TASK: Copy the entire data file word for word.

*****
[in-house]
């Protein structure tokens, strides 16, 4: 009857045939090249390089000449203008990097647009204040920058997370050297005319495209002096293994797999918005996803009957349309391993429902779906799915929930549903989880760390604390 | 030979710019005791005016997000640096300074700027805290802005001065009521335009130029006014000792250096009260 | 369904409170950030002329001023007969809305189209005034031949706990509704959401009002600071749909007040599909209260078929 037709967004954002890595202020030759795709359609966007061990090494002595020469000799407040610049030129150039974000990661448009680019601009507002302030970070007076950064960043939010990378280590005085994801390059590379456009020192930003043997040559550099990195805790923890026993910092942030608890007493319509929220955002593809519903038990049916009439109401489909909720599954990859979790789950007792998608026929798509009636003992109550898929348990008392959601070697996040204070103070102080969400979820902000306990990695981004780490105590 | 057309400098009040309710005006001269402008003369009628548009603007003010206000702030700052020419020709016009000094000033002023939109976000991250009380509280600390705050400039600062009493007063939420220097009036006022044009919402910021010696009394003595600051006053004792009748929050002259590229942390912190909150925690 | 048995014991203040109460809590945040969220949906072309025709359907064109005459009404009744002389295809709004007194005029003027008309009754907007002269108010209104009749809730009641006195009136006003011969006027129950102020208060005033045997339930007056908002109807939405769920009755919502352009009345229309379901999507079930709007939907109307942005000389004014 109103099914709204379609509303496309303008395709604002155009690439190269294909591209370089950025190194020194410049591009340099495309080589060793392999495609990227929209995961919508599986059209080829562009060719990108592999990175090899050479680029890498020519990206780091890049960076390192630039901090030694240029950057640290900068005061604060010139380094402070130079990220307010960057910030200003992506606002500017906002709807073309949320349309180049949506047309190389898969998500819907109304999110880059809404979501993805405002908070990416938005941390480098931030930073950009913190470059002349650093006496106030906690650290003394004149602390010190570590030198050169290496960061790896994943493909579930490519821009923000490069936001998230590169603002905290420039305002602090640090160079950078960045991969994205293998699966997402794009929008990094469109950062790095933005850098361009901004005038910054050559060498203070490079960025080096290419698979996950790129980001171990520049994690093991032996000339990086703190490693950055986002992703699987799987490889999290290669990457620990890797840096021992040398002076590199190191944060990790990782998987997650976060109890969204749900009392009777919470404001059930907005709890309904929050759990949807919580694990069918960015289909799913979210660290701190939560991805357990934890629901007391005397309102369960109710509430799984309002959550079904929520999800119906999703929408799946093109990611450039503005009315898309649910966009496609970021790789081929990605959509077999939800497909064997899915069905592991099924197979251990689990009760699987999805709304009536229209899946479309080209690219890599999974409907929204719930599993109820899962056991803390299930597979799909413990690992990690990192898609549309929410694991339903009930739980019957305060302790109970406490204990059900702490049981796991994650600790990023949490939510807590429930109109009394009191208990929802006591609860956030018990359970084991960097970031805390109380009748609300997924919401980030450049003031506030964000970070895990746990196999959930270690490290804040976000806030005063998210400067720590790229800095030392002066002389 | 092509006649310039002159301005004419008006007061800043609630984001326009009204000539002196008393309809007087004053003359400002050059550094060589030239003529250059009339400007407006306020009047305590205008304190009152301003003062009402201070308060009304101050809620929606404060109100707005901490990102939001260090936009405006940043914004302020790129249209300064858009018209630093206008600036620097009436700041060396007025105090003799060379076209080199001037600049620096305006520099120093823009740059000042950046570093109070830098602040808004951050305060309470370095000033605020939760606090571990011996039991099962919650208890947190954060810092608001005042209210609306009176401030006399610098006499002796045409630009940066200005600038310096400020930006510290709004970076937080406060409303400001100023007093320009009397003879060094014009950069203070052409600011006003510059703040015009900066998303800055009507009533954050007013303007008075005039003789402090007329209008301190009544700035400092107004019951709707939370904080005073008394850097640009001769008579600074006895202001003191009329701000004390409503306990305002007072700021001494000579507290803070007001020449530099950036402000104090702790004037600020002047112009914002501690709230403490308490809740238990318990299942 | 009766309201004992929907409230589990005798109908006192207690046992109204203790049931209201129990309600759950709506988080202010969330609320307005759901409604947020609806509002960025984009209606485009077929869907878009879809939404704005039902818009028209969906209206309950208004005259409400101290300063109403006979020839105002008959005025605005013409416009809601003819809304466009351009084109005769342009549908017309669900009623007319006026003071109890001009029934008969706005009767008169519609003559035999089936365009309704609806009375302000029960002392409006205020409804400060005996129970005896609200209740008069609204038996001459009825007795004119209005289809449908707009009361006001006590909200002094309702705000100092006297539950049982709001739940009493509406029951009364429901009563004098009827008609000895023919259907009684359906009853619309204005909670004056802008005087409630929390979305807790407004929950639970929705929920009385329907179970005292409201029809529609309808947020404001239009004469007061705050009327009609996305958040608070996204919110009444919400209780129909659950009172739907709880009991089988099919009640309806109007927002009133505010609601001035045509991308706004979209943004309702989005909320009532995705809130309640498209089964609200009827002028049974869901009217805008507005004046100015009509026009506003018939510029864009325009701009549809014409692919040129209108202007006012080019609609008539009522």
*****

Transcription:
[in-house]
């Protein structure tokens, strides 16, 4: 009857045939090249390089000449203008990097647009204040920058997370050297005319495209002096293994797999918005996803009957349309391993429902779906799915929930549903989880760390604390 | 030979710019005791005016997000640096300074700027805290802005001065009521335009130029006014000792250096009260 | 369904409170950030002329001023007969809305189209005034031949706990509704959401009002600071749909007040599909209260078929 037709967004954002890595202020030759795709359609966007061990090494002595020469000799407040610049030129150039974000990661448009680019601009507002302030970070007076950064960043939010990378280590005085994801390059590379456009020192930003043997040559550099990195805790923890026993910092942030608890007493319509929220955002593809519903038990049916009439109401489909909720599954990859979790789950007792998608026929798509009636003992109550898929348990008392959601070697996040204070103070102080969400979820902000306990990695981004780490105590 | 057309400098009040309710005006001269402008003369009628548009603007003010206000702030700052020419020709016009000094000033002023939109976000991250009380509280600390705050400039600062009493007063939420220097009036006022044009919402910021010696009394003595600051006053004792009748929050002259590229942390912190909150925690 | 048995014991203040109460809590945040969220949906072309025709359907064109005459009404009744002389295809709004007194005029003027008309009754907007002269108010209104009749809730009641006195009136006003011969006027129950102020208060005033045997339930007056908002109807939405769920009755919502352009009345229309379901999507079930709007939907109307942005000389004014 109103099914709204379609509303496309303008395709604002155009690439190269294909591209370089950025190194020194410049591009340099495309080589060793392999495609990227929209995961919508599986059209080829562009060719990108592999990175090899050479680029890498020519990206780091890049960076390192630039901090030694240029950057640290900068005061604060010139380094402070130079990220307010960057910030200003992506606002500017906002709807073309949320349309180049949506047309190389898969998500819907109304999110880059809404979501993805405002908070990416938005941390480098931030930073950009913190470059002349650093006496106030906690650290003394004149602390010190570590030198050169290496960061790896994943493909579930490519821009923000490069936001998230590169603002905290420039305002602090640090160079950078960045991969994205293998699966997402794009929008990094469109950062790095933005850098361009901004005038910054050559060498203070490079960025080096290419698979996950790129980001171990520049994690093991032996000339990086703190490693950055986002992703699987799987490889999290290669990457620990890797840096021992040398002076590199190191944060990790990782998987997650976060109890969204749900009392009777919470404001059930907005709890309904929050759990949807919580694990069918960015289909799913979210660290701190939560991805357990934890629901007391005397309102369960109710509430799984309002959550079904929520999800119906999703929408799946093109990611450039503005009315898309649910966009496609970021790789081929990605959509077999939800497909064997899915069905592991099924197979251990689990009760699987999805709304009536229209899946479309080209690219890599999974409907929204719930599993109820899962056991803390299930597979799909413990690992990690990192898609549309929410694991339903009930739980019957305060302790109970406490204990059900702490049981796991994650600790990023949490939510807590429930109109009394009191208990929802006591609860956030018990359970084991960097970031805390109380009748609300997924919401980030450049003031506030964000970070895990746990196999959930270690490290804040976000806030005063998210400067720590790229800095030392002066002389 | 092509006649310039002159301005004419008006007061800043609630984001326009009204000539002196008393309809007087004053003359400002050059550094060589030239003529250059009339400007407006306020009047305590205008304190009152301003003062009402201070308060009304101050809620929606404060109100707005901490990102939001260090936009405006940043914004302020790129249209300064858009018209630093206008600036620097009436700041060396007025105090003799060379076209080199001037600049620096305006520099120093823009740059000042950046570093109070830098602040808004951050305060309470370095000033605020939760606090571990011996039991099962919650208890947190954060810092608001005042209210609306009176401030006399610098006499002796045409630009940066200005600038310096400020930006510290709004970076937080406060409303400001100023007093320009009397003879060094014009950069203070052409600011006003510059703040015009900066998303800055009507009533954050007013303007008075005039003789402090007329209008301190009544700035400092107004019951709707939370904080005073008394850097640009001769008579600074006895202001003191009329701000004390409503306990305002007072700021001494000579507290803070007001020449530099950036402000104090702790004037600020002047112009914002501690709230403490308490809740238990318990299942 | 009766309201004992929907409230589990005798109908006192207690046992109204203790049931209201129990309600759950709506988080202010969330609320307005759901409604947020609806509002960025984009209606485009077929869907878009879809939404704005039902818009028209969906209206309950208004005259409400101290300063109403006979020839105002008959005025605005013409416009809601003819809304466009351009084109005769342009549908017309669900009623007319006026003071109890001009029934008969706005009767008169519609003559035999089936365009309704609806009375302000029960002392409006205020409804400060005996129970005896609200209740008069609204038996001459009825007795004119209005289809449908707009009361006001006590909200002094309702705000100092006297539950049982709001739940009493509406029951009364429901009563004098009827008609000895023919259907009684359906009853619309204005909670004056802008005087409630929390979305807790407004929950639970929705929920009385329907179970005292409201029809529609309808947020404001239009004469007061705050009327009609996305958040608070996204919110009444919400209780129909659950009172739907709880009991089988099919009640309806109007927002009133505010609601001035045509991308706004979209943004309702989005909320009532995705809130309640498209089964609200009827002028049974869901009217805008507005004046100015009509026009506003018939510029864009325009701009549809014409692919040129209108202007006012080019609609008539009522």